Meet the Azure Tit, a Tiny Frost-Blue Songbird Enchanting People With Its Cuteness

June 22, 2020 Updated: June 22, 2020

Whether you’re a city dweller or a countryside aficionado, there’s always a reason to take a moment out of your day to appreciate the beauty of nature. The azure tit is a prime example; a tiny songbird dressed in frost-blue feathers with the ability to catch the eye and melt the heart all at once.

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(Vitpolyak/Shutterstock)

The azure tit—Latin name Cyanistes cyanus—is a white songbird with a black stripe across both cheeks, wings boasting patches of bright blue and white, a snowy, fluffy white breast, and a long dark-blue tail with white corners.

The little bird predominantly resides and breeds throughout Russia and Central Asia, according to Beauty of Birds.

The central Asian azure tits can be distinguished from their peers with a patch of bright yellow on the breast.

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The azure tit, Cyanistes cyanus, pictured in western Mongolia (Jargal Lamjav/CC BY 2.0)

Measuring approximately 5 inches in length, the petite azure tit enjoys temperate mixed woodlands, scrubland, and wetlands. Most do not migrate beside seeking a change in altitude during their breeding season.

During the breeding season, the azure tit has a fiercely protective instinct. The bird will protect its brood of approximately 10 eggs, which it lays in a tree hole per season by hissing and biting if disturbed.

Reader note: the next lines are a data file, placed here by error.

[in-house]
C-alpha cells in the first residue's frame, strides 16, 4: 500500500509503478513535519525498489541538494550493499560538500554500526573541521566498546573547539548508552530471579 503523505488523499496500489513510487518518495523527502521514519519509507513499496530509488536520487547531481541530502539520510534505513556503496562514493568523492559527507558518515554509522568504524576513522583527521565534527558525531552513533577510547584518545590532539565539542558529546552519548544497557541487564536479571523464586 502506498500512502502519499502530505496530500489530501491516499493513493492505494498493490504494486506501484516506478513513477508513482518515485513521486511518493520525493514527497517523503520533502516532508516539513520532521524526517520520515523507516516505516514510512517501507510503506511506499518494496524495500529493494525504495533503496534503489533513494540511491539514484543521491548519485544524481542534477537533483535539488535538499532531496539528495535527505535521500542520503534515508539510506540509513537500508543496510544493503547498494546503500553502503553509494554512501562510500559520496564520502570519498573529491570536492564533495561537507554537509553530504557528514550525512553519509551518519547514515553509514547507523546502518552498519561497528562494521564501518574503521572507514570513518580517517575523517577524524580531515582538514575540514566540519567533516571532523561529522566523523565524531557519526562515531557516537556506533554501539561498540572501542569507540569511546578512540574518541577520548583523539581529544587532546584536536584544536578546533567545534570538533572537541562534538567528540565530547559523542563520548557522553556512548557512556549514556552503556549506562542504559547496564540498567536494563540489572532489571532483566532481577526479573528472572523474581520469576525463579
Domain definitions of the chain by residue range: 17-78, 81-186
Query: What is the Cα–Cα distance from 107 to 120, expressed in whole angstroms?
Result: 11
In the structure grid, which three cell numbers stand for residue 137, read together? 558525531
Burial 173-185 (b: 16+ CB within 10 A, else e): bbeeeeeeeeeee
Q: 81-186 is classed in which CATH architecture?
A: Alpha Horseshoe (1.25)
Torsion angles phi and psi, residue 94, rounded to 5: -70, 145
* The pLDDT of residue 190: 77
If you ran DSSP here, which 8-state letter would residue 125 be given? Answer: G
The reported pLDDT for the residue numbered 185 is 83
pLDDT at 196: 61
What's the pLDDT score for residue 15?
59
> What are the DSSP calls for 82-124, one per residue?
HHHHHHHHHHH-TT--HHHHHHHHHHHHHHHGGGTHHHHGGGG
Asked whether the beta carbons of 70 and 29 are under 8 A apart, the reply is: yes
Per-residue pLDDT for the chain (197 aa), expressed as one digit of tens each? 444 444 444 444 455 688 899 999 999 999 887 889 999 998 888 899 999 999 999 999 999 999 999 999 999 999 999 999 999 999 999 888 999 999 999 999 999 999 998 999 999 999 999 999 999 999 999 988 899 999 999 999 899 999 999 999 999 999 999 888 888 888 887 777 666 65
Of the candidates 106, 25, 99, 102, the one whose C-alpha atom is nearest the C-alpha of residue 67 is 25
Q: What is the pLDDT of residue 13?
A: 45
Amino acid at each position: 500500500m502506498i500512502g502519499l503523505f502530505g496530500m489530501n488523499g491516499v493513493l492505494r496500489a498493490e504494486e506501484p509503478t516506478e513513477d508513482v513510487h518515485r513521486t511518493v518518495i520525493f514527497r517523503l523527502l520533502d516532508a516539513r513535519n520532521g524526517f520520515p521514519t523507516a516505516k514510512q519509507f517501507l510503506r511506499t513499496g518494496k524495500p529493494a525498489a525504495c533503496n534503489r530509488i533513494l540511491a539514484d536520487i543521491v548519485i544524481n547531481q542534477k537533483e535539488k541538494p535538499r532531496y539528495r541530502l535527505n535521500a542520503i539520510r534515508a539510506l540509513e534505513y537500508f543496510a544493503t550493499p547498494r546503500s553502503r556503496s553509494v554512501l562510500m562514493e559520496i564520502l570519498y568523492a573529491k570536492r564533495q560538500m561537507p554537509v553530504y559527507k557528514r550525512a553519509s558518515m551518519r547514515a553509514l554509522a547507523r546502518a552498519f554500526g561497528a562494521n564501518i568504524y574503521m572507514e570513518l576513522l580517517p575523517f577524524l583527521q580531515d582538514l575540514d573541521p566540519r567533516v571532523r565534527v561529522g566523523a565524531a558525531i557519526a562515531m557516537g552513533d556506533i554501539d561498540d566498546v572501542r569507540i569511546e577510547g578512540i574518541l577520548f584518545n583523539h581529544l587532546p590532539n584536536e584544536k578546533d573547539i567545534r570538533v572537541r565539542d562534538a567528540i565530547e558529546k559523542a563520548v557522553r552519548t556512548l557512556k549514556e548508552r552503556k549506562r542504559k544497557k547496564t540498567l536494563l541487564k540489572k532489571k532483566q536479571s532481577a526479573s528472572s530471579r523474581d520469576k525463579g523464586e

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(Intothewild_by/Shutterstock)

The frost-blue songbird has also been known to breed with blue tits. This breeding with its Eurasian counterpart has created a hybrid species that looks different from both. The hybrid Pleske’s tit has a darker blue crown than the usual white one of the azure parent, and a more muted yellow chest than the blue parent.

According to eBird, the azure tit is elusive, preferring to forage for insects and seeds under cover of dense foliage. The little bird can often be identified from its song, which includes a high-pitched cheerful ditty characterized by “chips, trills, and rattles.”

Despite the fact that the population is decreasing, the azure tit is listed as of “least concern” on the IUCN Red List due to healthy numbers in the wild.

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(Shan_shan/Shutterstock)

Over the years, the beloved bird has been immortalized in various illustrated forms, including being depicted on a Romanian postage stamp in the early 1990s. The bird was also rendered beautifully beside its cousin, the Eurasian blue tit, in world-famous ornithologist Johann Friedrich Naumann’s “Natural History of the Birds of Central Europe,” published in 1905.

The enigmatic azure tit, unlike its more familiar cousin the blue tit, is coveted by bird watchers owing to its uniquely beautiful appearance. According to Bird Guides, the azure tit made moves to emigrate northwest into European Russia during the 1870s and 1880s but soon retreated for reasons that ornithologists have yet to fully understand.

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Illustration of an azure tit from the book “Naumann, Natural history of the birds of central Europe,” published in 1905, revised by G. Berg et al., edited by Carl R. Hennicke. (Public Domain)

The azure tit has, however, been spotted in small numbers as far west as Finland. Notably, only 28 sightings have been recorded since 1992, but with European air travel becoming increasingly affordable, dedicated bird watchers have been tempted to make the trip to see the bird outside its usual geographic range.

For many bird lovers, the azure tit steals the show; the eye-catching combination of its fluffy white cuteness and the fierce streak of black across its cheeks makes the elusive little bird the stand-out member of this loveable family.

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